The S&P CoreLogic Case-Shiller US National Home Price Index (CS) was released today. The index has been moving up steadily since hitting a housing bust low in late 2011. But the pace of increase has varied over the ensuing 53 months. Analysts track house price growth in a number of ways: the index (equal to 100 in January 2000) rose from 136.7 in December 2011 to 179.4 in May of 2016, the monthly change between April and May was 0.2%, or 2.3% on an annualized basis, and the index is up 5.0% since last May. Understanding trends in house price growth, and their likely path in the near term benefits from examining all these perspectives.
Figure 1 shows the index level (blue), the annualized change (red) and the year over year change (green). The index level shows the trajectory but is arguably imprecise. The annualized percent change is more precise but difficult to discern a trend from. The year over year change shows smoother trend growth but misses the turning points and flat spots in the index level. Thus each measure has some information but some limitations.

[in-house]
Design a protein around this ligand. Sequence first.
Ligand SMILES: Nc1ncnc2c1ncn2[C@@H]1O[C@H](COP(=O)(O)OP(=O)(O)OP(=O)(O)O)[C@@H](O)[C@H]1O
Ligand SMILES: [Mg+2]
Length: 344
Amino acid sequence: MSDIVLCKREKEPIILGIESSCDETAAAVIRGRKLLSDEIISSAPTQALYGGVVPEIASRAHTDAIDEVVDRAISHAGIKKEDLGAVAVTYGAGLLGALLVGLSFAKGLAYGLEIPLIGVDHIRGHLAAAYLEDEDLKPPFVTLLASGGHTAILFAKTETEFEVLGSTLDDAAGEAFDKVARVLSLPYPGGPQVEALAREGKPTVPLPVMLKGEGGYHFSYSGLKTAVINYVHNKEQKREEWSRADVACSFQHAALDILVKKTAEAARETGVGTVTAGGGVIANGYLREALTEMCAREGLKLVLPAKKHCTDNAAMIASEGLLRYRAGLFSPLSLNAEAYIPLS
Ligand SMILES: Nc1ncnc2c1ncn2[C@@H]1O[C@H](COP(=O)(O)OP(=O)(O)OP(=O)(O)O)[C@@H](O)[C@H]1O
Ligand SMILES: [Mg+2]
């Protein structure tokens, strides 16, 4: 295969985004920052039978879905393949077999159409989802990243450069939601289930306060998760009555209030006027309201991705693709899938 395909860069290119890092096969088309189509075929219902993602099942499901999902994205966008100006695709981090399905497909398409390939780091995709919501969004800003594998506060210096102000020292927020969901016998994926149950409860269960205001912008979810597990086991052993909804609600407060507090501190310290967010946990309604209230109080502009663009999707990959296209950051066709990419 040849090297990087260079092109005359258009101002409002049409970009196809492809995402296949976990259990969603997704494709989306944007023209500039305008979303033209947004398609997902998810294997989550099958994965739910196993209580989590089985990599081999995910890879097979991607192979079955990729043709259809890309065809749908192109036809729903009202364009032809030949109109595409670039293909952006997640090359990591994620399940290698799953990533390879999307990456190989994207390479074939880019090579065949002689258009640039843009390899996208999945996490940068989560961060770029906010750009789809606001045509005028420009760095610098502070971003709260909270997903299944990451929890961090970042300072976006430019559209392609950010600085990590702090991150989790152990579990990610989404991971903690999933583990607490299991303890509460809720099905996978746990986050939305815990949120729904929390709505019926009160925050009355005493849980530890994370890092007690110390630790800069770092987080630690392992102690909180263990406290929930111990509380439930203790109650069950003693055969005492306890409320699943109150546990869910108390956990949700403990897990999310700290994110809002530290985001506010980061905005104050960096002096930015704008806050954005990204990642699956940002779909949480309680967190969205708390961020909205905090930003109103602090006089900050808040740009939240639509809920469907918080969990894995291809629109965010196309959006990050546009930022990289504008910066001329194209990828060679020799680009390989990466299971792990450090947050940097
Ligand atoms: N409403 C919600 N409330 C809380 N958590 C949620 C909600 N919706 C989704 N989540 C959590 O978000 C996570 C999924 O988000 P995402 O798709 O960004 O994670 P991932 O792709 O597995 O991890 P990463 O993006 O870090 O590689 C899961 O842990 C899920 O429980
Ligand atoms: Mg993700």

But the path of house prices is not determined by its own trend or idiosyncrasies, the pace of existing home sales matter. Given that home sales are a lengthier transaction than other sales, home prices take more time to adjust to market conditions. Figure 2 adds an index of existing home sales to Figure 1. In this graph existing home sales are pulled forward two months to illustrate the lag between sales and price dynamics.
In recent years the volatility in the pace of home prices is well represented by the ebb and flow in the pace of existing home sales, dips to near zero in early 2014, 2015 and 2016, followed by reacceleration. The Case-Shiller price data in today’s release was through May, but the sales data currently available through June, suggests momentum and further acceleration in home prices when the June data is released next month.